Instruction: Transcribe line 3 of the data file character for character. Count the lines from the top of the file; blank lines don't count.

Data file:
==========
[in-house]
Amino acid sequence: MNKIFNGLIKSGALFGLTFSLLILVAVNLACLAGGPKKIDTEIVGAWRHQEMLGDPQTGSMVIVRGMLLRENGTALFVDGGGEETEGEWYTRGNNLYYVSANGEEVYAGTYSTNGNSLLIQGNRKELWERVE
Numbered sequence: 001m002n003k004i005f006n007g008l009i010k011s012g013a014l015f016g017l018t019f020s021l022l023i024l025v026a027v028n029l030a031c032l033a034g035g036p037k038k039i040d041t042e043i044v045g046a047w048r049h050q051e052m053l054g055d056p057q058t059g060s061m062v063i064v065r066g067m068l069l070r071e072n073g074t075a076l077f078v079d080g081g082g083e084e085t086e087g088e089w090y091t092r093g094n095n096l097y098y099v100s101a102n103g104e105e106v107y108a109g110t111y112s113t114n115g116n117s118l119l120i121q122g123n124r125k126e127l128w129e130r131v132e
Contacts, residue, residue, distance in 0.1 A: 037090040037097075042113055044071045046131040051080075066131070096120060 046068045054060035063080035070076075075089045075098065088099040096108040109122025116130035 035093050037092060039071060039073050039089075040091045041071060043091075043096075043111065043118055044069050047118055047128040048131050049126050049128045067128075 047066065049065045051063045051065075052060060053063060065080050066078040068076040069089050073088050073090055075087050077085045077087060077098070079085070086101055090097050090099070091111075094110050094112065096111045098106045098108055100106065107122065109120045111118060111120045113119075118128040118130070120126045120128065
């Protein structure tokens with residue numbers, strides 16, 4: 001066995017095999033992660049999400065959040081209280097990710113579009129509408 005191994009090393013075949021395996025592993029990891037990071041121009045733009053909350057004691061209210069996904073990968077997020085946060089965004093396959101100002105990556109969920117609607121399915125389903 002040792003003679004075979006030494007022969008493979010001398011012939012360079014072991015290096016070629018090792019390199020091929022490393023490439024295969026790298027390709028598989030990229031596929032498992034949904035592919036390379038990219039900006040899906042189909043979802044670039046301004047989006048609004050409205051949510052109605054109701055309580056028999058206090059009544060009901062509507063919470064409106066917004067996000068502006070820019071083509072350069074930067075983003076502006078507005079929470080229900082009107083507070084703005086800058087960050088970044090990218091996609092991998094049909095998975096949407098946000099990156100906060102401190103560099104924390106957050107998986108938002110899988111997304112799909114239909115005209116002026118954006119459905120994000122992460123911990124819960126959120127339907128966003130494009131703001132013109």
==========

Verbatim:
Numbered sequence: 001m002n003k004i005f006n007g008l009i010k011s012g013a014l015f016g017l018t019f020s021l022l023i024l025v026a027v028n029l030a031c032l033a034g035g036p037k038k039i040d041t042e043i044v045g046a047w048r049h050q051e052m053l054g055d056p057q058t059g060s061m062v063i064v065r066g067m068l069l070r071e072n073g074t075a076l077f078v079d080g081g082g083e084e085t086e087g088e089w090y091t092r093g094n095n096l097y098y099v100s101a102n103g104e105e106v107y108a109g110t111y112s113t114n115g116n117s118l119l120i121q122g123n124r125k126e127l128w129e130r131v132e